Guide: Recording video, recording audio, and editing for YouTube
I wrote this guide a while back for my guildies and I figured I could share it here for folks as well. Are you a YouTube noob who wants to start making game videos? Below is my advice for how to jump in, at varying levels of commitment and expense.
Also, if you like game videos such as the Spelunky Daily Challenge or a review of Democracy 3 or the Cat Context podcast video version, check out our YouTube channel!
Even in the era of YouTube domination, recording video is still kind of confusing and technically obtuse, and also the more you learn about it the more you realize how much more you COULD be doing if you really cared. You monster.
I am by no means an expert I wrote a guide to getting started anyway! It’s broken down into three stages of increasing commitment, expense, and .. um.. fanciness. Start with #1, and if you find you like making game videos and want to get more in depth then read the next stage. (There is no shame in doing the simple and cheap stage forever, either.
Cost: $30. Set-up time: about an hour.
Go download the free 30-day trial of Mirillis Action!.This is relatively new software and I hear it not only does a good job but it’s also very user friendly. If you like it, it’s also the least expensive game capture software out there right now with a one-time price of $30. There’s a pretty good video on YouTube of someone going through all the Action! menus and explaining the settings that is probably worth skimming at least.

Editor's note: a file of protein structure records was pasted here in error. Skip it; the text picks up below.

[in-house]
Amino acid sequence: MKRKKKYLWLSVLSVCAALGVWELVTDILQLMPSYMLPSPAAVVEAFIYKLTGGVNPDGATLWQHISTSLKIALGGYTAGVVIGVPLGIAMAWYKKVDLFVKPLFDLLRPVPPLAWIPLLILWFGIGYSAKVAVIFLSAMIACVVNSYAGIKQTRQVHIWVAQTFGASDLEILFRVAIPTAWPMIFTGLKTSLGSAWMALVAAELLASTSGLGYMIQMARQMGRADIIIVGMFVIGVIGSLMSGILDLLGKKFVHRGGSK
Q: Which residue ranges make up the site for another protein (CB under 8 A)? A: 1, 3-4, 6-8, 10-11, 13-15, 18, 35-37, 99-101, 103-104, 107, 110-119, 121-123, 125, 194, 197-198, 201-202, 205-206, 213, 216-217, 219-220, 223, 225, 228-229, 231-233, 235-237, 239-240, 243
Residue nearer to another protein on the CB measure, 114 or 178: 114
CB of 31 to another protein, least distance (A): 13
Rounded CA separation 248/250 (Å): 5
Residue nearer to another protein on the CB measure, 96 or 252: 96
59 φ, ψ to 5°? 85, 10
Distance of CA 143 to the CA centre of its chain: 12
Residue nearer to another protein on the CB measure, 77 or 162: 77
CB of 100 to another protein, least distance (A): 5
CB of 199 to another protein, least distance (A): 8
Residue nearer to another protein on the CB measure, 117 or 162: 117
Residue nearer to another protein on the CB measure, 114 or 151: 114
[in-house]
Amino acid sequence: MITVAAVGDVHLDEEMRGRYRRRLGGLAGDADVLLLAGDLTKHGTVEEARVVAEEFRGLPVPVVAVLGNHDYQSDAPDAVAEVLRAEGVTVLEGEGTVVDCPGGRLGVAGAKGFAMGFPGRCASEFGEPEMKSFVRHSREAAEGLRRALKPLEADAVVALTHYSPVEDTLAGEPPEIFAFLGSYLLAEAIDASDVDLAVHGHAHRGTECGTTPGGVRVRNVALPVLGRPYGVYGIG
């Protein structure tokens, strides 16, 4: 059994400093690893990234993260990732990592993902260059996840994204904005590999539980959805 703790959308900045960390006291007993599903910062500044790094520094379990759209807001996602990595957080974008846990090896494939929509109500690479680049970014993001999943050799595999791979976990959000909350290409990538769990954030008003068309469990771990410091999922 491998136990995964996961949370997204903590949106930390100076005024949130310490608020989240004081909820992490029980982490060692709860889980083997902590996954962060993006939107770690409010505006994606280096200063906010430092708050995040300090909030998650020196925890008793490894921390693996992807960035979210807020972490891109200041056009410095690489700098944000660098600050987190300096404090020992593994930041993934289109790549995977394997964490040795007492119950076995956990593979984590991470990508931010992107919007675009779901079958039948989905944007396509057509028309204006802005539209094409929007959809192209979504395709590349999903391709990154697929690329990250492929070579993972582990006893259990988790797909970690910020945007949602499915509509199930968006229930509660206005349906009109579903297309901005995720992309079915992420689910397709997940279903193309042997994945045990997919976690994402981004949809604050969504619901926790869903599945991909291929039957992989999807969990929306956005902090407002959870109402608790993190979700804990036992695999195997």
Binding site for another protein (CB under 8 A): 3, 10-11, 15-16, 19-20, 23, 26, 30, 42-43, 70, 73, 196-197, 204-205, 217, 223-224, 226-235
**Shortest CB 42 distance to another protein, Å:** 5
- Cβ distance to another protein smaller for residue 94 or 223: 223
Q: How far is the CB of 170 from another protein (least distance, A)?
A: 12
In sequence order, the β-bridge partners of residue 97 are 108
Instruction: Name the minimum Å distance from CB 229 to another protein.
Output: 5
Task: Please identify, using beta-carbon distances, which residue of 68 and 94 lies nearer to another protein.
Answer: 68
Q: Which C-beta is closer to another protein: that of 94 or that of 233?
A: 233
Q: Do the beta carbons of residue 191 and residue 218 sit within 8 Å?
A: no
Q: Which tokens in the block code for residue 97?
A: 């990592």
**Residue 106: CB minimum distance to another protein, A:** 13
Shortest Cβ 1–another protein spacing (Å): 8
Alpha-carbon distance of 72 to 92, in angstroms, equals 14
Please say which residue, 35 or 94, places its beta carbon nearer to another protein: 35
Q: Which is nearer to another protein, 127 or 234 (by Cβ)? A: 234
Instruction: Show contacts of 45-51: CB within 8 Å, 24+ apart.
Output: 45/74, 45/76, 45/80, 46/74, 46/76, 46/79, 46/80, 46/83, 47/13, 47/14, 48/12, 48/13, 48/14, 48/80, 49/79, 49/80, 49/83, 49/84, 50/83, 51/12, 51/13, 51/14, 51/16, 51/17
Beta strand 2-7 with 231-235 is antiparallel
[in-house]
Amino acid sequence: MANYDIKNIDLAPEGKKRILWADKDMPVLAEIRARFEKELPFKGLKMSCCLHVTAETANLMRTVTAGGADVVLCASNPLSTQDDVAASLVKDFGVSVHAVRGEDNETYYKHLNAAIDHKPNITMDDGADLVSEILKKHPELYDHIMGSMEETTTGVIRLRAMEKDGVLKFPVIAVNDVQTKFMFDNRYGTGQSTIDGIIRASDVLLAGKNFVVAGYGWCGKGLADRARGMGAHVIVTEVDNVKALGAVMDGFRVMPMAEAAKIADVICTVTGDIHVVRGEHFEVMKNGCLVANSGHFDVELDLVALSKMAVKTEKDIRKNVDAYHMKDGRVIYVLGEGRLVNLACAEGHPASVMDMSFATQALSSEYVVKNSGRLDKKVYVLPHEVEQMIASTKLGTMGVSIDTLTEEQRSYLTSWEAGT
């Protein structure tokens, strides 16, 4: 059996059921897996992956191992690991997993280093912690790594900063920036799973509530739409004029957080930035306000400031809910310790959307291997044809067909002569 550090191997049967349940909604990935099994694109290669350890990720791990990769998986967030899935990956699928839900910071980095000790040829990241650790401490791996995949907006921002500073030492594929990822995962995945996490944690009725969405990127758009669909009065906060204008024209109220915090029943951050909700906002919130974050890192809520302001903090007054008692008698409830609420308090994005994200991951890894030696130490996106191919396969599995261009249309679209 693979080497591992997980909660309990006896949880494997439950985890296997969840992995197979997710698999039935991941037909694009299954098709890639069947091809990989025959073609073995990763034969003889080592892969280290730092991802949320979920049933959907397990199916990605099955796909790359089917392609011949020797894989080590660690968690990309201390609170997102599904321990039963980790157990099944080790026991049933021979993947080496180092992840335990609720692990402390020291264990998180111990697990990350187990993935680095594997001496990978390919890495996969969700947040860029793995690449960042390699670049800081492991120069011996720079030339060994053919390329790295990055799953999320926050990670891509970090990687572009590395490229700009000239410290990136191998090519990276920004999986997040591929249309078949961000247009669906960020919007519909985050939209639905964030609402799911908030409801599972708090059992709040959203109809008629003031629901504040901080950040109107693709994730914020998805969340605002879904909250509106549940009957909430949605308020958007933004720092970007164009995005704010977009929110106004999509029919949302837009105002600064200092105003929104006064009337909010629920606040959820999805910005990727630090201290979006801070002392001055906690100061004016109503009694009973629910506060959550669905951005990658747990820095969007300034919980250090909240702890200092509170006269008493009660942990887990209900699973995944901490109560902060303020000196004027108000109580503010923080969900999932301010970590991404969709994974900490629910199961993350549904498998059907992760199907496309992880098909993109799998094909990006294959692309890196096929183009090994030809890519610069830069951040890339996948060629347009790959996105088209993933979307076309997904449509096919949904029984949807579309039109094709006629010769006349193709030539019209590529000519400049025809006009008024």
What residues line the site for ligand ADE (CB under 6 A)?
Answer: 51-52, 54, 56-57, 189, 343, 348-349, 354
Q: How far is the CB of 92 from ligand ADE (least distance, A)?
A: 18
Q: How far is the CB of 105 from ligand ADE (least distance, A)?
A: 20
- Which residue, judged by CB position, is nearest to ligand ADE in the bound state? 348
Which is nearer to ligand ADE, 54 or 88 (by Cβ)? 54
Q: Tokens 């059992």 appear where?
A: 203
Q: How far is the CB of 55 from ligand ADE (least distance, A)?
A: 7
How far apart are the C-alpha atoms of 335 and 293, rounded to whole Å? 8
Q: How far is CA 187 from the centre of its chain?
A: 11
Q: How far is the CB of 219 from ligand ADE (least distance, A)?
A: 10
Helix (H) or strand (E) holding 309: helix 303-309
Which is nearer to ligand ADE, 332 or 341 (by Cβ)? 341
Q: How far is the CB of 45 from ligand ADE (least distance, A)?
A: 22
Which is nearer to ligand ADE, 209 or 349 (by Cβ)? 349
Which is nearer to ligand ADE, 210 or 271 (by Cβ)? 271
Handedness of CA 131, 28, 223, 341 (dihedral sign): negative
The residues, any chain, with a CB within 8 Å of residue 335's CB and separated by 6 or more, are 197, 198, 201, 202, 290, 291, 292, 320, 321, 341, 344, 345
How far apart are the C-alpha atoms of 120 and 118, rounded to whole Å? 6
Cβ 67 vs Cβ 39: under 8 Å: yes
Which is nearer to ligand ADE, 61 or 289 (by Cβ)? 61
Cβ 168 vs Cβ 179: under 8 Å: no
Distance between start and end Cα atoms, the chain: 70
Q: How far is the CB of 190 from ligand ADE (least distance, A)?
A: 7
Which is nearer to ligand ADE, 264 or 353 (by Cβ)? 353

Hint! A nice compromise between file size and quality for YouTube is 720p, which means you want to set your recording software to record at 1280×720 AND your game window resolution to 1280×720.
Hint! Raw video files are huuuuuge. Apparently Action! has pretty good compression naturally, but plan on using up about 1 gb for every 60 seconds of recording.
At this stage you can just record your audio live with whatever mic you have through Action!.
Hint! You want to hear your voice over the game sounds, so make sure you keep the game volume pretty low while recording.
Editing and Uploading
Let’s not worry about editing at this stage. You have a video with game audio and commentary! Log in to YouTube and upload that puppy.
Hint! If your YouTube account lets you add custom thumbnails, they should be 1280×720 in size.
Hint! The main way that new people will find your video on YouTube is via the tags, so make them good. For example: “The Wolf Among Us”, “Wolf Among Us”, “Telltale Games”, “Wolf Telltale”, “Wolf Among Us Walkthrough”.
Cost: $0. Set-up time: 2 hours.
We took care of video in Stage One for the most part, so there aren’t really any tweaks here. If you are so inclined you can find alternate codecs to do various things, including ones that will record a very similar quality at a much smaller file size. I use the Lagarith Lossless Codec myself, which gives me files of about half the size as the default codec.
The first step to improving audio is recording your commentary to its own track. Download Audacity, which is free and freaking amazing. You can do a lot with Audacity, but basically at this point you only need to know two things: make sure the microphone drop-down menu right above the recording area is set to your mic, and then click the red circle button to record. You can run Audacity while you’re recording the video for live stuff, or record the voice track later for post-commentary.
Choose “Export -> as wav” when you’re done. Now download Levelator, which is also free. Drag and drop your .wav file on top of Levelator and it will work its magic to make it sound better.